Sri Lanka is gearing up to face the massive debt burden now at a critical stage as the bunching effect of loans will come into play in 2019.
Sri Lanka’s government revenue as a share of GDP is lower than many peers, while the government debt-to-GDP ratio is much higher, international rating agencies warned.
Debt-to-GDP ratio in Ethiopia, Uganda and Ghana among other countries is lower than Sri Lanka even though the revenue-to-GDP ratio in these countries higher than Sri Lanka, they claimed.
However, Central Bank Governor Indrajit Coomaraswamy noted that Sri Lank is a middle-income country striving to transition to an upper middle-income country and therefore its debt-to-GDP ratio cannot be compared with countries like Ethiopia, Uganda and Ghana.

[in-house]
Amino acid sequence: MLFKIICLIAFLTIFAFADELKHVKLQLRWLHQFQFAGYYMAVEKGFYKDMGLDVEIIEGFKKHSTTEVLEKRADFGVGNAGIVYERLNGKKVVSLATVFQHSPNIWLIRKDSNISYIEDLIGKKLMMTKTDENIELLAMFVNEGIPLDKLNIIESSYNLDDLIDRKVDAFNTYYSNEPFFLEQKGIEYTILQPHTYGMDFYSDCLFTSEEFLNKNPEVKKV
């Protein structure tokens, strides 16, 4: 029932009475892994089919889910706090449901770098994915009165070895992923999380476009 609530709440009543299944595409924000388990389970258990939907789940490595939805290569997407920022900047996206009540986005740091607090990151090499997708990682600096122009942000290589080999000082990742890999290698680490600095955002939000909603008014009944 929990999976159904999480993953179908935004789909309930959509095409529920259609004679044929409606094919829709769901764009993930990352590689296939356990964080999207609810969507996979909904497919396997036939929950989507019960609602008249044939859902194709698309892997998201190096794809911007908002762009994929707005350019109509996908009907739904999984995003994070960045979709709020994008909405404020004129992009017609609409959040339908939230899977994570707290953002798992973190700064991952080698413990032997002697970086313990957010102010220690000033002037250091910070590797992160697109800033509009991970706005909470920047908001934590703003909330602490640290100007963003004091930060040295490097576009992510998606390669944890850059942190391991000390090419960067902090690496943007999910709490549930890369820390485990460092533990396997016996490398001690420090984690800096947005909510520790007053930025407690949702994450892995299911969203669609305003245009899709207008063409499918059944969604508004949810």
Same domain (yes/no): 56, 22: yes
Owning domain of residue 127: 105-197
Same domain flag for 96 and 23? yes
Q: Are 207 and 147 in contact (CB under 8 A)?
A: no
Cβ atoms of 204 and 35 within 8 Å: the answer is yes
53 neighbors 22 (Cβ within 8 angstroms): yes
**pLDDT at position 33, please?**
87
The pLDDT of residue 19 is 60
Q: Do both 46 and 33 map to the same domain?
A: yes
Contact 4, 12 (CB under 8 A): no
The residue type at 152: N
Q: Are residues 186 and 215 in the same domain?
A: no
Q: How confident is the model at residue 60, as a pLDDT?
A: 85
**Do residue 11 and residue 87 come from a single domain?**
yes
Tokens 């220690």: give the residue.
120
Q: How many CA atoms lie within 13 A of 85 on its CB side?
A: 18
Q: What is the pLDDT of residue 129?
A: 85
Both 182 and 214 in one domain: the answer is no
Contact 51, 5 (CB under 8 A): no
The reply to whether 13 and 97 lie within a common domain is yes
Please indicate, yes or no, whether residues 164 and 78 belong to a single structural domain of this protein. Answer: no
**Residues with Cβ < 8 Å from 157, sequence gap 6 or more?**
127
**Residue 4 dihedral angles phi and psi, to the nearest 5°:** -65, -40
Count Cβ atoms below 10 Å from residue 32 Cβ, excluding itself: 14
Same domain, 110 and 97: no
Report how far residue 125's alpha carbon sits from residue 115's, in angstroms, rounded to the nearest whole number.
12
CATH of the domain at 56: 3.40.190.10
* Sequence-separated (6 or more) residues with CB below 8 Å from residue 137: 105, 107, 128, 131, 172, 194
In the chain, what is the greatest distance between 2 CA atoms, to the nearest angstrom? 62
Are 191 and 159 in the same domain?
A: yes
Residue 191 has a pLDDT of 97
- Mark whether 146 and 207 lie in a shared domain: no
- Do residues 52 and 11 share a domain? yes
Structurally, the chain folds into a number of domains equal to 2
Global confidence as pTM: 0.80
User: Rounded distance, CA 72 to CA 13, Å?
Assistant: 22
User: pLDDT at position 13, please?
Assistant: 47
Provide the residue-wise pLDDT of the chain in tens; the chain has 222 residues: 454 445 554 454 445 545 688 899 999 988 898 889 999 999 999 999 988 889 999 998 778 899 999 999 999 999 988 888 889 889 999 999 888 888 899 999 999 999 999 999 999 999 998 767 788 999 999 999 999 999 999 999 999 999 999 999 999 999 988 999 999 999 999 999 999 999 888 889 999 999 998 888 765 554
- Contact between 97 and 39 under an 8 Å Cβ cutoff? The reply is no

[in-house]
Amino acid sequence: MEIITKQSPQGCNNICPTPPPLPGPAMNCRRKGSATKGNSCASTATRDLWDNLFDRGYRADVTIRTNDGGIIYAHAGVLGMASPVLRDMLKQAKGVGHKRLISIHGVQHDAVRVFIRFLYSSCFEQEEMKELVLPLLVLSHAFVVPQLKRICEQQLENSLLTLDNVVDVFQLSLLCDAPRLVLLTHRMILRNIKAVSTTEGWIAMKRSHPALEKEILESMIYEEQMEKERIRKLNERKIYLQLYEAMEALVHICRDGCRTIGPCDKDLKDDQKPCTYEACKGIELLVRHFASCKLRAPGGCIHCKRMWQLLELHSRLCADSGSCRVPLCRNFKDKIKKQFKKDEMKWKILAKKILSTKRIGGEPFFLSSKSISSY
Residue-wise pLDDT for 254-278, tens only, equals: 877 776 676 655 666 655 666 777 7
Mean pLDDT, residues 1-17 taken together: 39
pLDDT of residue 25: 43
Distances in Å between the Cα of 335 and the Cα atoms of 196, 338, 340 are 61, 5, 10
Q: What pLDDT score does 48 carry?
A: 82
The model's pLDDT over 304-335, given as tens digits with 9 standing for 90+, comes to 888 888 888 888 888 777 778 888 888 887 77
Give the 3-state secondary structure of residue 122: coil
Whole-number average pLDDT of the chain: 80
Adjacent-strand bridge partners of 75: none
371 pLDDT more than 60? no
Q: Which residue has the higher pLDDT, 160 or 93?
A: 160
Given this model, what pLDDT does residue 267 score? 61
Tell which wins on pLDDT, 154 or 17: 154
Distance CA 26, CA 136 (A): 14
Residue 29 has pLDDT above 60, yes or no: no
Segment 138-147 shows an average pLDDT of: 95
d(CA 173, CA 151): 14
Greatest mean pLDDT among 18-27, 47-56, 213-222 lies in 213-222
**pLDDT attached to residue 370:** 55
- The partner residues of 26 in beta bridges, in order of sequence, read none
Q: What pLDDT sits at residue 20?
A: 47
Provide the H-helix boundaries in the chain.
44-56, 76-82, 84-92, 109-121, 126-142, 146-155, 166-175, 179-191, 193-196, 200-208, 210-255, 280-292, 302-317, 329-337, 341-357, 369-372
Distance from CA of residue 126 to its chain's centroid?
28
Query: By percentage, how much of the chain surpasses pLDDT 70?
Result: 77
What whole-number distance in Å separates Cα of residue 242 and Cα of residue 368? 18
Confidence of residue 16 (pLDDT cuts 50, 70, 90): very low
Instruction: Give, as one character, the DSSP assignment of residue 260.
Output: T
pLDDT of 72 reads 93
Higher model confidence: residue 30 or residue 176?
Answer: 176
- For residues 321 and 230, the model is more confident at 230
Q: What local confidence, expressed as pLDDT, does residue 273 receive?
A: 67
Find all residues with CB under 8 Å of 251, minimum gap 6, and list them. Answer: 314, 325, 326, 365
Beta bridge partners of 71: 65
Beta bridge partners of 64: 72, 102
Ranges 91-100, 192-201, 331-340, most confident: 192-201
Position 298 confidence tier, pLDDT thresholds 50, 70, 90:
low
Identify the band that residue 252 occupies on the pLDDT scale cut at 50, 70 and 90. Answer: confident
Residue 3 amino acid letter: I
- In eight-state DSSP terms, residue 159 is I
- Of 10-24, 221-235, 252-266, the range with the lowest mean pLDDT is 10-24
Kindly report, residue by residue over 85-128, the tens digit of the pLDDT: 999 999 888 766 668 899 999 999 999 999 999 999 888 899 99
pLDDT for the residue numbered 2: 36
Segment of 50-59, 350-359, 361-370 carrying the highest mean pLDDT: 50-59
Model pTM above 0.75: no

A sum of Rs.2, 057 billion has been allocated for debt servicing in 2019. This is the largest amount of money a government in the history of this country is compelled to bear in repaying its borrowings.
Out of this amount, Rs.1, 271 should be paid locally next year while Rs.786 billion, which is equal to 4,650 million US dollars should be paid to foreign lenders.
Accordingly, the Government expects to borrow Rs.1, 944 billion from local and foreign sources for its debt servicing including the financing of the budget deficit in 2019.